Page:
Firefox is a free Web browser created by Mozilla. It is notable for being completely open-source, meaning that anyone can obtain the source code and make their own version (like Orfoxmore
When you're typing an Internet address or search query into the address bar, Chrome has optional tools that can automatically kick in to help you reach your destination more quickly. It can redirect you when you mistype a URL, suggest websites or searches as you type, and partially preload websites in the background with a prediction service. There's also Touch to Search, where mobile users can tap on a word on a webpage to search Google for that term.
A snoop-free browsing experience can be difficult to achieve, but apps like the Tor Browser make it possible. The browser is a modified form of Firefox with built-in support for the Tor network. This is a network of encrypting relays between you and the Internet that makes it difficult for nosy people to intercept your private online communications or record your whereabouts. The Tor Browser works similarly to a VPN, but it's more decentralized, and it's free. The Android version is called Orfox and is used in combination with the Orbot app to connect to the Tor network. iOS doesn't have an official Tor option, but there are third-party Tor-aware browsers such as Art Fusion's VPN Browser.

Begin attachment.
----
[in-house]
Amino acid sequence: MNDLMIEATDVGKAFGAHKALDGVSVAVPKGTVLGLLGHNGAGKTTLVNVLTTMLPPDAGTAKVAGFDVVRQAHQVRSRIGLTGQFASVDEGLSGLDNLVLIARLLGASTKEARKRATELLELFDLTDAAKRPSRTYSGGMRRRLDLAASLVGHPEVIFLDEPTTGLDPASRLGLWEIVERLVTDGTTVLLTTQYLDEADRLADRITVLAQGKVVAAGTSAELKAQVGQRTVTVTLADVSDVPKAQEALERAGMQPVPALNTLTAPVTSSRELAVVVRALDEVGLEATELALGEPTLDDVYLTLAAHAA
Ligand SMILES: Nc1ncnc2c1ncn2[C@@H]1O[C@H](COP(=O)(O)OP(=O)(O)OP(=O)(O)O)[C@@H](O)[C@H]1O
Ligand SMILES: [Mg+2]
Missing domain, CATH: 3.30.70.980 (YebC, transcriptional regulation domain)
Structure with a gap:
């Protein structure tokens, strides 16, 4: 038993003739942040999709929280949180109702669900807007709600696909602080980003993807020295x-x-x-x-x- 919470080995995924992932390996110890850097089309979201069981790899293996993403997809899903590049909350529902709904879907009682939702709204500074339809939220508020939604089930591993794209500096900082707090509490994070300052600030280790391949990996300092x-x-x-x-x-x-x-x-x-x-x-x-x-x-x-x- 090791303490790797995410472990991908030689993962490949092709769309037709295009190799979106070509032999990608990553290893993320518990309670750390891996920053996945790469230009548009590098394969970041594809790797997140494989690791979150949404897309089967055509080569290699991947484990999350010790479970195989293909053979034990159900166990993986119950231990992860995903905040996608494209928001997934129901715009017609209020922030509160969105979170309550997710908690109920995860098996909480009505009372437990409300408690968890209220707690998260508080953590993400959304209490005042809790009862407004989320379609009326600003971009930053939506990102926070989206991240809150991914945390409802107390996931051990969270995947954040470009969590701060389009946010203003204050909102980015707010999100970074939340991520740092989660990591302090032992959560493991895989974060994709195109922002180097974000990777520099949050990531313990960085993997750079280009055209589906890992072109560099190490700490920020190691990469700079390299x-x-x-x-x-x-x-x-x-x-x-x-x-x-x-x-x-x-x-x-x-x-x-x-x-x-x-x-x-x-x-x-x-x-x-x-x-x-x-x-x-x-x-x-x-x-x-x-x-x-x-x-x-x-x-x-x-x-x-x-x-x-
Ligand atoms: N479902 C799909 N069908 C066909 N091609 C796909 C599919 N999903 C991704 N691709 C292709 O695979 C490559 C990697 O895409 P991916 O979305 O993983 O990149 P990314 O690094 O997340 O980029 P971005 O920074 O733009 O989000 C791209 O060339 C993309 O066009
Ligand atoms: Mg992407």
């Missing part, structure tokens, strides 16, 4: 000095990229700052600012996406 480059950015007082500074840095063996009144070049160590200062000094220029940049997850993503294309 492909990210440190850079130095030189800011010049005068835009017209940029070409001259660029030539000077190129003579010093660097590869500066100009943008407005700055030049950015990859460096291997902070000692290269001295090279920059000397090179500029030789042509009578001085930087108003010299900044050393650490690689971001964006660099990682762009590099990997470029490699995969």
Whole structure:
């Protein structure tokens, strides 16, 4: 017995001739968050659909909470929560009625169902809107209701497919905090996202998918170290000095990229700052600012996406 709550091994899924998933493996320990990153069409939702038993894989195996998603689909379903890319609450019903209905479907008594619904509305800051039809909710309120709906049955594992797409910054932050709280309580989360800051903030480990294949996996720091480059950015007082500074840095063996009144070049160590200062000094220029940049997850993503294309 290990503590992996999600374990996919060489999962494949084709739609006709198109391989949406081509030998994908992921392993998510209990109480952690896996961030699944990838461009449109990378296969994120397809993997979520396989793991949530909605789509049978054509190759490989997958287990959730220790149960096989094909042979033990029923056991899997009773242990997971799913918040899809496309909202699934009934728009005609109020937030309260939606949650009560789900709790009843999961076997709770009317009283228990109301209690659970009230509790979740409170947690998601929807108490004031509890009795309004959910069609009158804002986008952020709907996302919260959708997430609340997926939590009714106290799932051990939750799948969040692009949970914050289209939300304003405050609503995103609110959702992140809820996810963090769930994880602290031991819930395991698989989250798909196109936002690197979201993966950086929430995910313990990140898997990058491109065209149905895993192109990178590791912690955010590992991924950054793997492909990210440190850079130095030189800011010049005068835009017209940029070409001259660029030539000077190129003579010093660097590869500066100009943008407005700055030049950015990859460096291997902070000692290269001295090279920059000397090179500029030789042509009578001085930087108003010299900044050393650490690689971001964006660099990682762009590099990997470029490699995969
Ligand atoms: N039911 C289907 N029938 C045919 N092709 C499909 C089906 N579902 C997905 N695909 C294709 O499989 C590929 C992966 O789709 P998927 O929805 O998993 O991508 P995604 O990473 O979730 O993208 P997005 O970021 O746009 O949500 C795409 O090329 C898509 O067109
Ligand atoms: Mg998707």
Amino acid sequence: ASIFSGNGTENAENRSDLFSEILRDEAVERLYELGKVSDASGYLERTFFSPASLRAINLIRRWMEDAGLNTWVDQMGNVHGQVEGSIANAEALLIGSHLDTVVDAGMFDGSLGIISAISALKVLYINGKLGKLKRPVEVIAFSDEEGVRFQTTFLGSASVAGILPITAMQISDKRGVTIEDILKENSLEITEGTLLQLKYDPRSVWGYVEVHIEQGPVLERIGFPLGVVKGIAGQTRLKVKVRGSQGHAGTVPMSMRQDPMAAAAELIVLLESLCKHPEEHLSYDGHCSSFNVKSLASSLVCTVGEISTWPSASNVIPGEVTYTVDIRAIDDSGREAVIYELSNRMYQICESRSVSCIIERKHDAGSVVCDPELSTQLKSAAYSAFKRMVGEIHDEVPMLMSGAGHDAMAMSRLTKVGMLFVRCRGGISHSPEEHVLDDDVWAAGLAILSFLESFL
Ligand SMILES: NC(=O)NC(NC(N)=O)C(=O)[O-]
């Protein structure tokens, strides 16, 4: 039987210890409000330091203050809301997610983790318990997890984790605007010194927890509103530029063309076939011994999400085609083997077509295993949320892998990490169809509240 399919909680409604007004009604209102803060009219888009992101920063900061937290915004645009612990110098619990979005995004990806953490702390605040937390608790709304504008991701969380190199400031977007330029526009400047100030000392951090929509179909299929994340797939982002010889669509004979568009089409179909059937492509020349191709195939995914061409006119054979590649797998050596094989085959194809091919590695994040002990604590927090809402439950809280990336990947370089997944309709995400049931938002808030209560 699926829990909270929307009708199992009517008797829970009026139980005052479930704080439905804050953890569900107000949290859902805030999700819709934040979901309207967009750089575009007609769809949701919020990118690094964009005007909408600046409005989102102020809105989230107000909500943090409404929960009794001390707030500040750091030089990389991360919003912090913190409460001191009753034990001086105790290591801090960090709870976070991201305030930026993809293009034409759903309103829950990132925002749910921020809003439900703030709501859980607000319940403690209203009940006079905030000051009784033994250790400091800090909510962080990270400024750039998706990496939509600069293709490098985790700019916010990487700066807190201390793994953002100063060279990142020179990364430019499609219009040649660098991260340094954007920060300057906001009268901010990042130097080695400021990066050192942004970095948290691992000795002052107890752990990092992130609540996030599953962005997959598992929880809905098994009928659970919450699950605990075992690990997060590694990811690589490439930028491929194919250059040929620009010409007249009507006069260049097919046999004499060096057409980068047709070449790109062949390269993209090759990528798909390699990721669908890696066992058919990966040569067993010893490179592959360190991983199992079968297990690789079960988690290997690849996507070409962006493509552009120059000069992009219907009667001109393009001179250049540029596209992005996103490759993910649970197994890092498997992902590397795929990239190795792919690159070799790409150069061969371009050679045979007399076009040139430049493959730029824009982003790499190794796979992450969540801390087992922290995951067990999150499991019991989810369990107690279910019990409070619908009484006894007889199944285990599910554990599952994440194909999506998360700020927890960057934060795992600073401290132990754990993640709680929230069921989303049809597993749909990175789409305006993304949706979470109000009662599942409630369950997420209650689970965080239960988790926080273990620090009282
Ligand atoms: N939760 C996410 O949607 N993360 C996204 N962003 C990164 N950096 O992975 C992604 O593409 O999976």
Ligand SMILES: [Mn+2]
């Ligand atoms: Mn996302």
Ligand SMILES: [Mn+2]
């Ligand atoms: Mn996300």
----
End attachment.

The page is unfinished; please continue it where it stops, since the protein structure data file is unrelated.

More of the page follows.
Since Opera is basically Chrome's fraternal twin, if it wants to compete with Chrome, it has to be better, and that's a hard act to follow. However, Opera's benefit to battery life is one point in its favor -- Chrome has a reputation for inefficient battery use. And some users will appreciate the video pop-out. Since you can get all the major Chrome extensions without much fuss, it's hard to make a case against Opera. It's definitely a worthy Web browser in its own right and might make Google reconsider some of its decisions on Chrome.